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Martini Madness at City Park

My mother always told me to stop after two martinis. There was no qualifier, no circumstances under which more than two was okay. Two martinis, then you stop. After looking at the invitation for Martini Madness, I knew that I had found a worthy exception.

Photo booth after a few martinis

Martini Madness is an annual fundraiser presented by the Friends of City Park. In its eighth year, its proceeds support the continued restoration of the Popp Fountain area, including the Arbor Room. Held at the Pavilion of Two Sisters, the event started at 7 p.m. last Friday, and a substantial crowd had gathered by the time I arrived. Things ended at 10 p.m., much to the despair of the happy attendees.

As they entered, patrons were handed sturdy plastic reusable martini glasses. Beer and wine stations lined the passageway to the building, but my guest and I barely glanced at them. If we were going to spend the rest of the night consuming vodka and gin, we needed food. The Pavilion of Two Sisters was organized with the food lining the walls and the drinks concentrated in the center of the room. We took a lap and could not figure out where to start. The options ranged from roast by Ralph’s on the Park to pizza from Theo’s.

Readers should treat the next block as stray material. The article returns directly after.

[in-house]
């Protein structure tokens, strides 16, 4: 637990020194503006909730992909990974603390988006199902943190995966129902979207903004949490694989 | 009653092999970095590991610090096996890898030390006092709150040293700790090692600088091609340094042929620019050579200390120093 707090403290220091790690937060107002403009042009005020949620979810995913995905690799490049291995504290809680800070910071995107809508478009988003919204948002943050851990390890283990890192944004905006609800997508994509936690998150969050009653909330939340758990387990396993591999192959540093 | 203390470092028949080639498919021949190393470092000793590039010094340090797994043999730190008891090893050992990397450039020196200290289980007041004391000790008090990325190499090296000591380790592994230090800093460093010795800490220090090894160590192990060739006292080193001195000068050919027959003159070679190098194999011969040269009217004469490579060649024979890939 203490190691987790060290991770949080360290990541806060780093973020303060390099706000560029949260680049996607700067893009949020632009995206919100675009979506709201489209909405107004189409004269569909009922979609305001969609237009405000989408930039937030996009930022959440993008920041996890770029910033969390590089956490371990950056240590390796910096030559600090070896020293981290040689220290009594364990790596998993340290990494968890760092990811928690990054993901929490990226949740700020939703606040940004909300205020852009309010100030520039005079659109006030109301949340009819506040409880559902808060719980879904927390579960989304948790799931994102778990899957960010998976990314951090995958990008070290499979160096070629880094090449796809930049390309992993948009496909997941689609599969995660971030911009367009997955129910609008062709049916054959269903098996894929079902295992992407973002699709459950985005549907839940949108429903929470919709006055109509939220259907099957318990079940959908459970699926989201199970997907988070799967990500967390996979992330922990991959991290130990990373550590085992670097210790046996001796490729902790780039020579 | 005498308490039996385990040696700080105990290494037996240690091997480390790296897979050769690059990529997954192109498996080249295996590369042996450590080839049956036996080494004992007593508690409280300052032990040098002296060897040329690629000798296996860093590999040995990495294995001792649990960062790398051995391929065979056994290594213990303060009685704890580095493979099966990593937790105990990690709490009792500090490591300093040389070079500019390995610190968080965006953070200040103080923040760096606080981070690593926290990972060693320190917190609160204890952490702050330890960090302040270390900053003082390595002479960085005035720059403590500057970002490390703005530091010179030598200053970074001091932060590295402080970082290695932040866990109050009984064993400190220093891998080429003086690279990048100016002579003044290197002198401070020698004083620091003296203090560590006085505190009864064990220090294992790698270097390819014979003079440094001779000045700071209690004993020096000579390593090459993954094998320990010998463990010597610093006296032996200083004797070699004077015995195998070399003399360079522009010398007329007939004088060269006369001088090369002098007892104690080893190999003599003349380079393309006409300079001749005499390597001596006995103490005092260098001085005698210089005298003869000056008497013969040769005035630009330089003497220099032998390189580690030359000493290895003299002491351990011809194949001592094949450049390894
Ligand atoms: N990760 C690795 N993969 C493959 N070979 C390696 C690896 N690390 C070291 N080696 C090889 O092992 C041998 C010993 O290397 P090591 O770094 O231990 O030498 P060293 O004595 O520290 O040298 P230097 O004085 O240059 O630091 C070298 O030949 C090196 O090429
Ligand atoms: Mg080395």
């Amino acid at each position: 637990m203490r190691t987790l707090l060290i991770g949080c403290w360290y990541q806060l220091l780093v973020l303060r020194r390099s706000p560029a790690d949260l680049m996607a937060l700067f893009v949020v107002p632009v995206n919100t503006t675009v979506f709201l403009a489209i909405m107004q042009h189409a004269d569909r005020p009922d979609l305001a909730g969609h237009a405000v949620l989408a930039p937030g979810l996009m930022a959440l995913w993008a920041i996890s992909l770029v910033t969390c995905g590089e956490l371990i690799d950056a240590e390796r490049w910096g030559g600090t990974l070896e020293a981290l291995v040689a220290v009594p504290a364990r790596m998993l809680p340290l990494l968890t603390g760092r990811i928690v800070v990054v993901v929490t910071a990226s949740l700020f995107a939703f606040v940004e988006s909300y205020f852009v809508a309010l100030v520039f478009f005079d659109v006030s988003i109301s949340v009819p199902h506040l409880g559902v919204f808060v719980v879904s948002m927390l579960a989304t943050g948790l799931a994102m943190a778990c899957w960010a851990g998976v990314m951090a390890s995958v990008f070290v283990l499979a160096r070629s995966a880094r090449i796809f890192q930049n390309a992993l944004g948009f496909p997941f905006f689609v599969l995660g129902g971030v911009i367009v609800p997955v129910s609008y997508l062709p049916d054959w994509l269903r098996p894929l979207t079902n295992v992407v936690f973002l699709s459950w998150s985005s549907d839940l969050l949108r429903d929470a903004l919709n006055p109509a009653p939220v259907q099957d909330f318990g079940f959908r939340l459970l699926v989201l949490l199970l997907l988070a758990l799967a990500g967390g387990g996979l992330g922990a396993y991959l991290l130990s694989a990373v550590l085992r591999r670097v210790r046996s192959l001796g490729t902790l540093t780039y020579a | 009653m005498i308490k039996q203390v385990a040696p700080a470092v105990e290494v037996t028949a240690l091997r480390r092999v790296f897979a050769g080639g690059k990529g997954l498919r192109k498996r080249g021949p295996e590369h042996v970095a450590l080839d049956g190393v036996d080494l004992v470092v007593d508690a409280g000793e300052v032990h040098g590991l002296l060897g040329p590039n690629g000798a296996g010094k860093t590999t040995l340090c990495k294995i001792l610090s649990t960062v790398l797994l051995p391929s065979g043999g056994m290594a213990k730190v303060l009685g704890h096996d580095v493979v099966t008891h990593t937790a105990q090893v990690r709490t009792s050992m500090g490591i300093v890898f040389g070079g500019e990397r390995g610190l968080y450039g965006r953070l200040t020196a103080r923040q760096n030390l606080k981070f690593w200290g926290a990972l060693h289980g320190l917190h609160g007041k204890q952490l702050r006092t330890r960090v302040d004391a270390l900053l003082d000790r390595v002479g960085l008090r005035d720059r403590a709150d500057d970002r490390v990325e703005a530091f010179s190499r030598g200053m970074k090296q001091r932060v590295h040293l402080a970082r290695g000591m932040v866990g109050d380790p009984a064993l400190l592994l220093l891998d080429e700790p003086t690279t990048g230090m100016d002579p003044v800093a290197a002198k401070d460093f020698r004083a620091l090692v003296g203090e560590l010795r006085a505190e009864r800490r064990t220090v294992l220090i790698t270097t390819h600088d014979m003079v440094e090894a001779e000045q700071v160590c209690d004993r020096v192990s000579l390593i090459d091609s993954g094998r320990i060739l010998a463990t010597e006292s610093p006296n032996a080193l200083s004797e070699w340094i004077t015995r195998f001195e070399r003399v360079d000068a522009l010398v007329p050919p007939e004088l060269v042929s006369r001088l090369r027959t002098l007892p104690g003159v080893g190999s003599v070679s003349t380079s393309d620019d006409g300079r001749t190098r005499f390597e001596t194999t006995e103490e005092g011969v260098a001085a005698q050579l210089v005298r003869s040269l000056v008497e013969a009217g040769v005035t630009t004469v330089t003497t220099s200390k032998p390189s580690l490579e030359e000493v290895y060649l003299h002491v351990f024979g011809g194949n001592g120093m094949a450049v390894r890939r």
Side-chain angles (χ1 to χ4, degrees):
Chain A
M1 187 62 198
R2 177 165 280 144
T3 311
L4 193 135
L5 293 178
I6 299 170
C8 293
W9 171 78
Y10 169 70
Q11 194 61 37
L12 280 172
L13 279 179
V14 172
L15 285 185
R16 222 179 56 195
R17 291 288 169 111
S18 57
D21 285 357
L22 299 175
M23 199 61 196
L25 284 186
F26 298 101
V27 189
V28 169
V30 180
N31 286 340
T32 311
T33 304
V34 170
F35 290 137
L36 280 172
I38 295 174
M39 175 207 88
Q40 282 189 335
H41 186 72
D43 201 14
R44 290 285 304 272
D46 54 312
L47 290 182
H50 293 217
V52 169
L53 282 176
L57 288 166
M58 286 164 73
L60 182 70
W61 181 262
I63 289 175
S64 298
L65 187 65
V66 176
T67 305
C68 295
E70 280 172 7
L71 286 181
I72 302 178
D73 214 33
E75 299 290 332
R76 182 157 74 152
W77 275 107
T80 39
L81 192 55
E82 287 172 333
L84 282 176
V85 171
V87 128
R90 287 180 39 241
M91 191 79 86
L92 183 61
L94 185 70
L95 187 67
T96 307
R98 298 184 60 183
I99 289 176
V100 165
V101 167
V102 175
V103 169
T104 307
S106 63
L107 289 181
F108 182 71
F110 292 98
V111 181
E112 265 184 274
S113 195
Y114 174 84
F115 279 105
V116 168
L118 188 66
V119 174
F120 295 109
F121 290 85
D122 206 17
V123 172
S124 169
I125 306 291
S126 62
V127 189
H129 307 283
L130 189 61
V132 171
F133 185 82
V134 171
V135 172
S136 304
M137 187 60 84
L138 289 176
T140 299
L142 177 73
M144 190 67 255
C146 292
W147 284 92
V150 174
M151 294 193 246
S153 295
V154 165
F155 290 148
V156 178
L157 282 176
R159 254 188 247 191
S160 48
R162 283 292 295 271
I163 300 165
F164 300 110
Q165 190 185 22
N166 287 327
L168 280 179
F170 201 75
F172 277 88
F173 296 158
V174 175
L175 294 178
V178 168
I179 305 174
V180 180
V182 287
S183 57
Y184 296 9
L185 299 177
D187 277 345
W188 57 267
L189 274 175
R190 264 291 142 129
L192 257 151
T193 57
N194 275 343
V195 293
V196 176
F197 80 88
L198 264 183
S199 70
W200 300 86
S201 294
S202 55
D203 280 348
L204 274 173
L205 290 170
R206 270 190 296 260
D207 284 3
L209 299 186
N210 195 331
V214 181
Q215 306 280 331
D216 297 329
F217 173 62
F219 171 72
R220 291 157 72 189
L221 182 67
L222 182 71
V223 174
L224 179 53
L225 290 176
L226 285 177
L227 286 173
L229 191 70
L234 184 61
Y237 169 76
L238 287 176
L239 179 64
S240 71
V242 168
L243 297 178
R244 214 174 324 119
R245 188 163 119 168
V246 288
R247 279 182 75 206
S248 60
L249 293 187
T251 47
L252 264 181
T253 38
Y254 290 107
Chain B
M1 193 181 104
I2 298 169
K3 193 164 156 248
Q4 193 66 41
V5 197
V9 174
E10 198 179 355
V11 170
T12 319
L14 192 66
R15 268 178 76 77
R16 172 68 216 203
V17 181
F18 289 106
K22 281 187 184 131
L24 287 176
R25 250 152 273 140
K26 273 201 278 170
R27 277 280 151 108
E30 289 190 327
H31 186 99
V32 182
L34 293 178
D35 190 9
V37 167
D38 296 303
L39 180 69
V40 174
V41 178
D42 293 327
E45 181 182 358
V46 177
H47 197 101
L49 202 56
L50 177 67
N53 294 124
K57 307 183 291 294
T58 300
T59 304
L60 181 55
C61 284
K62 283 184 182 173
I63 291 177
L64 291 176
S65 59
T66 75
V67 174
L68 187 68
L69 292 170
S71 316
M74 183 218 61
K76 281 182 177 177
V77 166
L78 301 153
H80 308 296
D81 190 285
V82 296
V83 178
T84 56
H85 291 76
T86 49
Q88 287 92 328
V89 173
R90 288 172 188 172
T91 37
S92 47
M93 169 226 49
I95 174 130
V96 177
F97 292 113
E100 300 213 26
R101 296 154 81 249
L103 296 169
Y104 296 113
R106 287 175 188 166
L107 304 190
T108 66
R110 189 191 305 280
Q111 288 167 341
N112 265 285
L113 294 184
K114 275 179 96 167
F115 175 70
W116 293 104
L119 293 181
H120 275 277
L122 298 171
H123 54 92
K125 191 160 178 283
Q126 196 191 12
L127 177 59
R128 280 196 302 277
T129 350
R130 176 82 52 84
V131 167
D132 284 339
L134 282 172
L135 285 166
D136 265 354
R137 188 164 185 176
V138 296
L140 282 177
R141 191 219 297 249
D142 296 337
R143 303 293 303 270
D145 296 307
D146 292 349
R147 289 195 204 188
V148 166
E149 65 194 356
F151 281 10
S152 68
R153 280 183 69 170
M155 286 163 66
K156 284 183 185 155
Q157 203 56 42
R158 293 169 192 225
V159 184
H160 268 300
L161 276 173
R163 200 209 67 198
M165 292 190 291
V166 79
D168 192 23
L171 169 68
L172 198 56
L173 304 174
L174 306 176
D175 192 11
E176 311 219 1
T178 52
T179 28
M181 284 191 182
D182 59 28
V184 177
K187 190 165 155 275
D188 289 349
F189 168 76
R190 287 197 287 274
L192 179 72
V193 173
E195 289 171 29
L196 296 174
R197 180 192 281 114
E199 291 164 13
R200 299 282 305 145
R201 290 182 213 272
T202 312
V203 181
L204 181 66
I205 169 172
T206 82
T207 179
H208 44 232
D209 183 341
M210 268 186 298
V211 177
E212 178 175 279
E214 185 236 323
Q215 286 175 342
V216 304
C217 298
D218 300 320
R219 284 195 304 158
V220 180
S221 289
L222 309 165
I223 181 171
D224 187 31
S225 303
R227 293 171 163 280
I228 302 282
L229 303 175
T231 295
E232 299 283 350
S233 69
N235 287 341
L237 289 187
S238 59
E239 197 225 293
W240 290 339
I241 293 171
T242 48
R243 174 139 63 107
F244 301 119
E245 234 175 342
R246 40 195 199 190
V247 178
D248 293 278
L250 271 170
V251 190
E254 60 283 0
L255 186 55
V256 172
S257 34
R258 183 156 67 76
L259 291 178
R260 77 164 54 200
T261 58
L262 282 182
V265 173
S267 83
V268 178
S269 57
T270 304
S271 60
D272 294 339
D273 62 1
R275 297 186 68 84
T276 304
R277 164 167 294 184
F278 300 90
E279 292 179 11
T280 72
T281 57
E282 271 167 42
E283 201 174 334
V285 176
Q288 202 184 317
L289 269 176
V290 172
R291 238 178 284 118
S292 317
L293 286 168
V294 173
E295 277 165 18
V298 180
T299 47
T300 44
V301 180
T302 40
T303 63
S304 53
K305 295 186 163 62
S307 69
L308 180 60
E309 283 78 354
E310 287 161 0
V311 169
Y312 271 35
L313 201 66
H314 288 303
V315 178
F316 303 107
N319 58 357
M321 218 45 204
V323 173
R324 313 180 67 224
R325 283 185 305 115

We were overwhelmed by the options, and decided on a new tactic. We zig-zagged through the room, grabbing some food to eat while waiting in line for drinks, then choosing a martini to sip while we were waiting for our next plate. In doing so, we found a few new favorites and discovered that Lemon Drop martinis go surprisingly well with Chick-fil-a nuggets.

When we needed a respite from excessive imbibing, we took a break outside, listening to Mod Dance Party spin and taking some embarrassing but hilarious reels at the photo booth, our poses getting more ridiculous as the night and martinis progressed.

By the end of the night, it was easy to forget that this was an event for charity. After we left the Pavilion of Two Sisters, we took a walk around City Park and were quickly reminded by the beauty of the Sculpture Garden and the majesty of the moss hanging from the trees that this is a cause worth supporting and a space worth preserving. And why wouldn’t you, when it involves drinking and silly hats (this is New Orleans, after all).

Even my mother agreed it was a valid exception to the two-martini rule.

Anna Shults is associate editor of NolaVie.


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